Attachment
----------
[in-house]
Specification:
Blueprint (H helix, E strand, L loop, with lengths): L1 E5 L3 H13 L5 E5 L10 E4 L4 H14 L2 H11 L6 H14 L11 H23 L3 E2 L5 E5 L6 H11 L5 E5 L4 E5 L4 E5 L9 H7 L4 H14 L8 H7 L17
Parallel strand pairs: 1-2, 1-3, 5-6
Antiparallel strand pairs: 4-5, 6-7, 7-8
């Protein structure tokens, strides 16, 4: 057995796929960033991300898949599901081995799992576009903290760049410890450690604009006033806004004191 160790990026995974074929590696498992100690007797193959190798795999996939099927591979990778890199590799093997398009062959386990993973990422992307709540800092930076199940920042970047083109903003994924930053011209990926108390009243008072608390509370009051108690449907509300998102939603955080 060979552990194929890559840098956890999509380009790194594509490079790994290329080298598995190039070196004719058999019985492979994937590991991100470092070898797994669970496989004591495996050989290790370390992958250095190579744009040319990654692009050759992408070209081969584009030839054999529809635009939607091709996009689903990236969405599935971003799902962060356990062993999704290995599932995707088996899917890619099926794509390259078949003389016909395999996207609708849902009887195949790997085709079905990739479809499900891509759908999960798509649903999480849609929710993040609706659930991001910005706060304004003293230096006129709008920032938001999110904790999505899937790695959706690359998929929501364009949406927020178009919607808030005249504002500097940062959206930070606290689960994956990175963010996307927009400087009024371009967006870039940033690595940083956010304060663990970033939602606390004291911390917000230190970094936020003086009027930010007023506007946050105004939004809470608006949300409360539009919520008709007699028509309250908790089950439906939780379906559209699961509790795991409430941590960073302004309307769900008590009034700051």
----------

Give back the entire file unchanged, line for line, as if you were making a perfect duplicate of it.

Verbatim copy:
[in-house]
Specification:
Blueprint (H helix, E strand, L loop, with lengths): L1 E5 L3 H13 L5 E5 L10 E4 L4 H14 L2 H11 L6 H14 L11 H23 L3 E2 L5 E5 L6 H11 L5 E5 L4 E5 L4 E5 L9 H7 L4 H14 L8 H7 L17
Parallel strand pairs: 1-2, 1-3, 5-6
Antiparallel strand pairs: 4-5, 6-7, 7-8
């Protein structure tokens, strides 16, 4: 057995796929960033991300898949599901081995799992576009903290760049410890450690604009006033806004004191 160790990026995974074929590696498992100690007797193959190798795999996939099927591979990778890199590799093997398009062959386990993973990422992307709540800092930076199940920042970047083109903003994924930053011209990926108390009243008072608390509370009051108690449907509300998102939603955080 060979552990194929890559840098956890999509380009790194594509490079790994290329080298598995190039070196004719058999019985492979994937590991991100470092070898797994669970496989004591495996050989290790370390992958250095190579744009040319990654692009050759992408070209081969584009030839054999529809635009939607091709996009689903990236969405599935971003799902962060356990062993999704290995599932995707088996899917890619099926794509390259078949003389016909395999996207609708849902009887195949790997085709079905990739479809499900891509759908999960798509649903999480849609929710993040609706659930991001910005706060304004003293230096006129709008920032938001999110904790999505899937790695959706690359998929929501364009949406927020178009919607808030005249504002500097940062959206930070606290689960994956990175963010996307927009400087009024371009967006870039940033690595940083956010304060663990970033939602606390004291911390917000230190970094936020003086009027930010007023506007946050105004939004809470608006949300409360539009919520008709007699028509309250908790089950439906939780379906559209699961509790795991409430941590960073302004309307769900008590009034700051």